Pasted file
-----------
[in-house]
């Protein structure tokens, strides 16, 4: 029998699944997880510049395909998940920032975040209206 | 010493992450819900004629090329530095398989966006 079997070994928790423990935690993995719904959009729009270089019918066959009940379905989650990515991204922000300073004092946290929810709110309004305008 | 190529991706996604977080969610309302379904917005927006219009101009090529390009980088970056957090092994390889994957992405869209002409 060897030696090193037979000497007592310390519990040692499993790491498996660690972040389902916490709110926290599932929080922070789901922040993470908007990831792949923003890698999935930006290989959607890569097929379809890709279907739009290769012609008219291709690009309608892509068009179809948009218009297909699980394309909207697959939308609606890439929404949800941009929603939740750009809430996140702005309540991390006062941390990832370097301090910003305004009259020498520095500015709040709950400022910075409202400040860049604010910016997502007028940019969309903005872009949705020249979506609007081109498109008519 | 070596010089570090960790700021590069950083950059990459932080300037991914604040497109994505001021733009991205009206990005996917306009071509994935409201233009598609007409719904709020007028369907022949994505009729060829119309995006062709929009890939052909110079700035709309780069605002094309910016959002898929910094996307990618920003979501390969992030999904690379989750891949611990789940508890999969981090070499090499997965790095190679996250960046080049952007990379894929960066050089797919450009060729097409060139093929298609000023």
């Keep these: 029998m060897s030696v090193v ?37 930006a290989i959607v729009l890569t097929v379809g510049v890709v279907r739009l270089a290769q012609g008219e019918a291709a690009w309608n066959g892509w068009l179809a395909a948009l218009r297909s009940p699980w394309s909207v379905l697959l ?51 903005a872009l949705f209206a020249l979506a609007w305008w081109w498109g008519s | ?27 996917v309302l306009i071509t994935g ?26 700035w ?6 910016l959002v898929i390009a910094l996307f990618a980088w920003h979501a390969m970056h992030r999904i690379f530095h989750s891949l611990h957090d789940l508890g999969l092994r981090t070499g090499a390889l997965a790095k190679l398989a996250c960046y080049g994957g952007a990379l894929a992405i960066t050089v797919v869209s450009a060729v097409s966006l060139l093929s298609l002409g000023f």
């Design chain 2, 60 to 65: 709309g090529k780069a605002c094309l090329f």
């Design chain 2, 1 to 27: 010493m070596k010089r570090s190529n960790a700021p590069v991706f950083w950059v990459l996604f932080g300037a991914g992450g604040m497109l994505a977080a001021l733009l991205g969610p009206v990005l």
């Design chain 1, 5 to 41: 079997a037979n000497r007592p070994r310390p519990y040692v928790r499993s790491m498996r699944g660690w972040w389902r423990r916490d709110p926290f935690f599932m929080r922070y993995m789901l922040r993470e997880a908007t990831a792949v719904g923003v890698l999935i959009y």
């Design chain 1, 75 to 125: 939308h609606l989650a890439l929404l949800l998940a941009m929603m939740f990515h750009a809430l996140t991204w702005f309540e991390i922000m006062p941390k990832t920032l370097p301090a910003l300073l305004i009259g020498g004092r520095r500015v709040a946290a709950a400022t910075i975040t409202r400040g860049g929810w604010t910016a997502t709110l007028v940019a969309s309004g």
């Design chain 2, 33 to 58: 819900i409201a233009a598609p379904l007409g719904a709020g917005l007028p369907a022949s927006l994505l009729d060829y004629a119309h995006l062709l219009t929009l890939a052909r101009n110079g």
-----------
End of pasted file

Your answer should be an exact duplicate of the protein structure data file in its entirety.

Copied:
[in-house]
């Protein structure tokens, strides 16, 4: 029998699944997880510049395909998940920032975040209206 | 010493992450819900004629090329530095398989966006 079997070994928790423990935690993995719904959009729009270089019918066959009940379905989650990515991204922000300073004092946290929810709110309004305008 | 190529991706996604977080969610309302379904917005927006219009101009090529390009980088970056957090092994390889994957992405869209002409 060897030696090193037979000497007592310390519990040692499993790491498996660690972040389902916490709110926290599932929080922070789901922040993470908007990831792949923003890698999935930006290989959607890569097929379809890709279907739009290769012609008219291709690009309608892509068009179809948009218009297909699980394309909207697959939308609606890439929404949800941009929603939740750009809430996140702005309540991390006062941390990832370097301090910003305004009259020498520095500015709040709950400022910075409202400040860049604010910016997502007028940019969309903005872009949705020249979506609007081109498109008519 | 070596010089570090960790700021590069950083950059990459932080300037991914604040497109994505001021733009991205009206990005996917306009071509994935409201233009598609007409719904709020007028369907022949994505009729060829119309995006062709929009890939052909110079700035709309780069605002094309910016959002898929910094996307990618920003979501390969992030999904690379989750891949611990789940508890999969981090070499090499997965790095190679996250960046080049952007990379894929960066050089797919450009060729097409060139093929298609000023």
């Keep these: 029998m060897s030696v090193v ?37 930006a290989i959607v729009l890569t097929v379809g510049v890709v279907r739009l270089a290769q012609g008219e019918a291709a690009w309608n066959g892509w068009l179809a395909a948009l218009r297909s009940p699980w394309s909207v379905l697959l ?51 903005a872009l949705f209206a020249l979506a609007w305008w081109w498109g008519s | ?27 996917v309302l306009i071509t994935g ?26 700035w ?6 910016l959002v898929i390009a910094l996307f990618a980088w920003h979501a390969m970056h992030r999904i690379f530095h989750s891949l611990h957090d789940l508890g999969l092994r981090t070499g090499a390889l997965a790095k190679l398989a996250c960046y080049g994957g952007a990379l894929a992405i960066t050089v797919v869209s450009a060729v097409s966006l060139l093929s298609l002409g000023f």
């Design chain 2, 60 to 65: 709309g090529k780069a605002c094309l090329f």
């Design chain 2, 1 to 27: 010493m070596k010089r570090s190529n960790a700021p590069v991706f950083w950059v990459l996604f932080g300037a991914g992450g604040m497109l994505a977080a001021l733009l991205g969610p009206v990005l």
């Design chain 1, 5 to 41: 079997a037979n000497r007592p070994r310390p519990y040692v928790r499993s790491m498996r699944g660690w972040w389902r423990r916490d709110p926290f935690f599932m929080r922070y993995m789901l922040r993470e997880a908007t990831a792949v719904g923003v890698l999935i959009y």
């Design chain 1, 75 to 125: 939308h609606l989650a890439l929404l949800l998940a941009m929603m939740f990515h750009a809430l996140t991204w702005f309540e991390i922000m006062p941390k990832t920032l370097p301090a910003l300073l305004i009259g020498g004092r520095r500015v709040a946290a709950a400022t910075i975040t409202r400040g860049g929810w604010t910016a997502t709110l007028v940019a969309s309004g």
């Design chain 2, 33 to 58: 819900i409201a233009a598609p379904l007409g719904a709020g917005l007028p369907a022949s927006l994505l009729d060829y004629a119309h995006l062709l219009t929009l890939a052909r101009n110079g």